Dan Feldman

CLEVELAND, OH - DECEMBER 31: Matthew Dellavedova #8 of the Cleveland Cavaliers looks for a pass while under pressure from Khris Middleton #22 and Zaza Pachulia #27 of the Milwaukee Bucks during the second half at Quicken Loans Arena on December 31, 2014 in Cleveland, Ohio. The Bucks defeated the Cavaliers 96-80. NOTE TO USER: User expressly acknowledges and agrees that, by downloading and or using this photograph, User is consenting to the terms and conditions of the Getty Images License Agreement. (Photo by Jason Miller/Getty Images)
Jason Miller/Getty Images

Report: Cavaliers won’t match Matthew Dellavedova’s offer sheet from Bucks


Matthew Dellavedova will reportedly sign a four-year, $38 million offer sheet with the Bucks.

Will the Cavaliers match?

LeBron James:

Is that as definitive as it looks?

Chris Haynes of Cleveland.com:

The Cleveland Cavaliers will not match the offer sheet restricted free agent guard Matthew Dellavedova received from the Milwaukee Bucks, league sources informed cleveland.com.

The Cavs should probably match, though it’s not my money. But given the luxury-tax payments Dan Gilbert has already made, why stop now?

Dellavedova is a good backup guard, and he might start for the Bucks. They could use him next to quasi-point guard Giannis Antetokounmpo.

Paying a starter $9.5 million would be great value for Milwaukee, but that’s not a bad price for a backup point guard in this market (though, again, the resulting luxury-tax payments in Cleveland would complicate matters).

The Cavaliers have Mo Williams and No. 54 pick Kay Felder, whom I rated as a first-rounder. Williams played well early last season before falling off. If the 33-year-old re-finds his footing, he’d be fine and could give Felder time to find his footing.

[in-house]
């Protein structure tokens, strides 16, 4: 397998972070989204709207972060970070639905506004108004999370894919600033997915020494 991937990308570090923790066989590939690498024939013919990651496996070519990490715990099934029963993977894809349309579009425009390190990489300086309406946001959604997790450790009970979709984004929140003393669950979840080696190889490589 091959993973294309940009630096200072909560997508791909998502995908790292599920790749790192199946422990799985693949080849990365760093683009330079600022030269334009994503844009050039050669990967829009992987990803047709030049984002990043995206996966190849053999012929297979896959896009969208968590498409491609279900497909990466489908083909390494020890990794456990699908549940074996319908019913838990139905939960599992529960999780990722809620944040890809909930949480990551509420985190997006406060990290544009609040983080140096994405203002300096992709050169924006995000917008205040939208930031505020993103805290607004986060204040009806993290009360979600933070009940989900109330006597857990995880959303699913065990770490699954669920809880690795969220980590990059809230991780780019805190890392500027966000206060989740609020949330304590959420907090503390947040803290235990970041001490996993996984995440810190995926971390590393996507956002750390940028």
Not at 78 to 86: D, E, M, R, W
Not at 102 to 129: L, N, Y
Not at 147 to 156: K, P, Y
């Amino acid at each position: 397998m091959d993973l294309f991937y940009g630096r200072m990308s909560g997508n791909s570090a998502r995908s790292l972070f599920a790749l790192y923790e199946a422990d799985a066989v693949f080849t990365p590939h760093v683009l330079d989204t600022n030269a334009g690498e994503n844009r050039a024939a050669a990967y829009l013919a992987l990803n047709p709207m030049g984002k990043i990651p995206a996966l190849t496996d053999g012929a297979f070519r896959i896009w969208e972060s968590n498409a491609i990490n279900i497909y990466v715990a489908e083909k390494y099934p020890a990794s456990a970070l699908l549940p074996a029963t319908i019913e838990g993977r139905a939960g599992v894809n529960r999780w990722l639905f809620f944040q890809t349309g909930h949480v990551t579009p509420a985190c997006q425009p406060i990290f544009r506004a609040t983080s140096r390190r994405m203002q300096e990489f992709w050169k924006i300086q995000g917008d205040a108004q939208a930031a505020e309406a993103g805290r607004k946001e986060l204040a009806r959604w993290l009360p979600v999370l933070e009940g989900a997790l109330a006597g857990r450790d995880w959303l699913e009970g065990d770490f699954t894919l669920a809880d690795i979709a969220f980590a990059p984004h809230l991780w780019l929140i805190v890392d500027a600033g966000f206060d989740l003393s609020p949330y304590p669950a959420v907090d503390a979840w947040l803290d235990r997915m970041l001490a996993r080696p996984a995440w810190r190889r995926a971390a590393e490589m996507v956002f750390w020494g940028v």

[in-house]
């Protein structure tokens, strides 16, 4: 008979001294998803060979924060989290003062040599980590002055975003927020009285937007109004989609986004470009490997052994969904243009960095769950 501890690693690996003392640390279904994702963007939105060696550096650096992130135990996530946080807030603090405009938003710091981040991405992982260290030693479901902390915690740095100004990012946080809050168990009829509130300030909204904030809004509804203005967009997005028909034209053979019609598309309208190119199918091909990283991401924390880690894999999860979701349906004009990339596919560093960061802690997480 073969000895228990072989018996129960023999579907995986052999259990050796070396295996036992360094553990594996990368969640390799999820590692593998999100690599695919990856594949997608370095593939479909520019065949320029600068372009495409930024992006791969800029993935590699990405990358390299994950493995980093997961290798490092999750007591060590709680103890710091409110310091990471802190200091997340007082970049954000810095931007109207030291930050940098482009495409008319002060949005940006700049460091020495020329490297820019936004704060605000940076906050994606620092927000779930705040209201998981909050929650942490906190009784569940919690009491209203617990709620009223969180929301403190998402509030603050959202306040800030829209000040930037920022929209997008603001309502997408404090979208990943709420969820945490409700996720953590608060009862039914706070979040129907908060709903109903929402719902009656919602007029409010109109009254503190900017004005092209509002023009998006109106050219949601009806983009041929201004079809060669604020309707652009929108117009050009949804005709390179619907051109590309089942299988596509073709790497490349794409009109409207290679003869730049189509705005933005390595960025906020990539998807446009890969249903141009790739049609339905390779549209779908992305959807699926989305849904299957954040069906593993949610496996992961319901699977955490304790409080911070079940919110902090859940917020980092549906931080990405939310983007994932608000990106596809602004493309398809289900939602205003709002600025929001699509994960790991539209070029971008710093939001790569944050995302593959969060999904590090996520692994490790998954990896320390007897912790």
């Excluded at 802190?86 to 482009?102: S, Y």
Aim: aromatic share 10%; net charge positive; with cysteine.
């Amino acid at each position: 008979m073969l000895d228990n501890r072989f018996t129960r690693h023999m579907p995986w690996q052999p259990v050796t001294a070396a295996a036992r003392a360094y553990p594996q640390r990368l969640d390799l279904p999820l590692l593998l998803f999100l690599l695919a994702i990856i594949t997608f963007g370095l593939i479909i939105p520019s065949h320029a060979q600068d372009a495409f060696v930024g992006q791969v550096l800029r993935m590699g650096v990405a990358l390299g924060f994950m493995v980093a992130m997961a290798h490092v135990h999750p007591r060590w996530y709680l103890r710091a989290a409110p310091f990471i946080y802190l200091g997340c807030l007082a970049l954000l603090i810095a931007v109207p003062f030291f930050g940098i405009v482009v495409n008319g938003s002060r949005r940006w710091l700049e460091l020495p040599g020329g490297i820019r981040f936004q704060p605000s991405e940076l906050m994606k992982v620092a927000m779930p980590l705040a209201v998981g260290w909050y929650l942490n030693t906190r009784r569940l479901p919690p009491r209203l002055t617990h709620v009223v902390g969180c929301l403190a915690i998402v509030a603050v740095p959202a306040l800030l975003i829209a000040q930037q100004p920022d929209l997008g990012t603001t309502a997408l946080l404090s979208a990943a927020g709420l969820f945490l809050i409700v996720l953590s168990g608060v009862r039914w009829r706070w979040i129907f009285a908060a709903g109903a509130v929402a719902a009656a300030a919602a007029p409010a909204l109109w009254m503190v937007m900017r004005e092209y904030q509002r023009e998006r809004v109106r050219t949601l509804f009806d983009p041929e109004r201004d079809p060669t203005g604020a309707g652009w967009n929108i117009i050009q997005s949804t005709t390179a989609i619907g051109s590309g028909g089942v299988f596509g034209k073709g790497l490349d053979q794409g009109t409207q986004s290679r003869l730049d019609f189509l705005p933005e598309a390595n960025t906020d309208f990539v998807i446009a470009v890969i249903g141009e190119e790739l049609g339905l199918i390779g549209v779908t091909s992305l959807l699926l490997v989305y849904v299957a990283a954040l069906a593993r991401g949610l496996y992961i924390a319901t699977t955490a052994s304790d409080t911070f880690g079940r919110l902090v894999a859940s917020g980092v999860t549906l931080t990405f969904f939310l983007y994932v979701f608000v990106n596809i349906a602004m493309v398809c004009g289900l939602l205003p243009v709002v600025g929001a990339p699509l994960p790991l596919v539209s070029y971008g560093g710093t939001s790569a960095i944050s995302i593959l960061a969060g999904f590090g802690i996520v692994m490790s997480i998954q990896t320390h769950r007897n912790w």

Still, neither option looks as good as Dellavedova. Neither does anyone Cleveland could get with the mid-level exception.

Far above the cap anyway, the Cavs’ only cost to matching would be real dollars — not roster flexibility. Apparently, that cost is too high.

Report: Knicks signing Wily Hernangomez, Mindaugas Kuzminskas

Image (1) Knicks_logo-thumb-250x201-14341.gif for post 6220

Say whatever else you want about Phil Jackson as an executive, but he has shown a willingness to scour the globe for talent.

The big prize: Kristaps Porzingis, whom the Knicks drafted No. 4 last year.

But the Knicks will also look overseas to fill out the roster.

Adrian Wojnarowski of Yahoo Sports:

Ian Begley of ESPN:

David Pick:

The Knicks acquired Hernangomez, the No. 35 pick, on draft night last year. He played with Porzingis in Spain. Hernangomez is a 6-foot-11, 21-year-old center with a solid all-around skill set, though his athleticism is limited.

Mindaugas Kuzminskas is a 6-foot-9 26-year-old small forward who could get some minutes behind Carmelo Anthony.

Report: Frustration with Westbrook contributed to Durant leaving Thunder


LeBron James leaving the Cavaliers for the Heat somehow didn’t prepare people for Kevin Durant leaving the Thunder for the Warriors.